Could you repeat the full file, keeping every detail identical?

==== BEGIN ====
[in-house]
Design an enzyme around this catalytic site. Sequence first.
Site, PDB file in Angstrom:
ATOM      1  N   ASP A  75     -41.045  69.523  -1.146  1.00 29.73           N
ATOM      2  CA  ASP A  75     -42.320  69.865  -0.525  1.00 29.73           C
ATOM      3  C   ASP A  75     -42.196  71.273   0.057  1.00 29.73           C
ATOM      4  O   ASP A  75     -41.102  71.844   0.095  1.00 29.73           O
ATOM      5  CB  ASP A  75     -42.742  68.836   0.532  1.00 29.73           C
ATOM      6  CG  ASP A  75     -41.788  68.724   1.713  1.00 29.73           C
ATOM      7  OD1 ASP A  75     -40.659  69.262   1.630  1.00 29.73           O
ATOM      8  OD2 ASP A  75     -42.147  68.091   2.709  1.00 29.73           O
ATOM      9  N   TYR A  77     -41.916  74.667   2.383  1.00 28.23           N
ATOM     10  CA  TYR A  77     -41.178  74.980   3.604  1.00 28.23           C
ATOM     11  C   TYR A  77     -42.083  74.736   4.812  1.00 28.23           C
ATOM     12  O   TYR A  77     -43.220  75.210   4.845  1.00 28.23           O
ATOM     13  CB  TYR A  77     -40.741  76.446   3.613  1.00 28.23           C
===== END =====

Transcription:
[in-house]
Design an enzyme around this catalytic site. Sequence first.
Site, PDB file in Angstrom:
ATOM      1  N   ASP A  75     -41.045  69.523  -1.146  1.00 29.73           N
ATOM      2  CA  ASP A  75     -42.320  69.865  -0.525  1.00 29.73           C
ATOM      3  C   ASP A  75     -42.196  71.273   0.057  1.00 29.73           C
ATOM      4  O   ASP A  75     -41.102  71.844   0.095  1.00 29.73           O
ATOM      5  CB  ASP A  75     -42.742  68.836   0.532  1.00 29.73           C
ATOM      6  CG  ASP A  75     -41.788  68.724   1.713  1.00 29.73           C
ATOM      7  OD1 ASP A  75     -40.659  69.262   1.630  1.00 29.73           O
ATOM      8  OD2 ASP A  75     -42.147  68.091   2.709  1.00 29.73           O
ATOM      9  N   TYR A  77     -41.916  74.667   2.383  1.00 28.23           N
ATOM     10  CA  TYR A  77     -41.178  74.980   3.604  1.00 28.23           C
ATOM     11  C   TYR A  77     -42.083  74.736   4.812  1.00 28.23           C
ATOM     12  O   TYR A  77     -43.220  75.210   4.845  1.00 28.23           O
ATOM     13  CB  TYR A  77     -40.741  76.446   3.613  1.00 28.23           C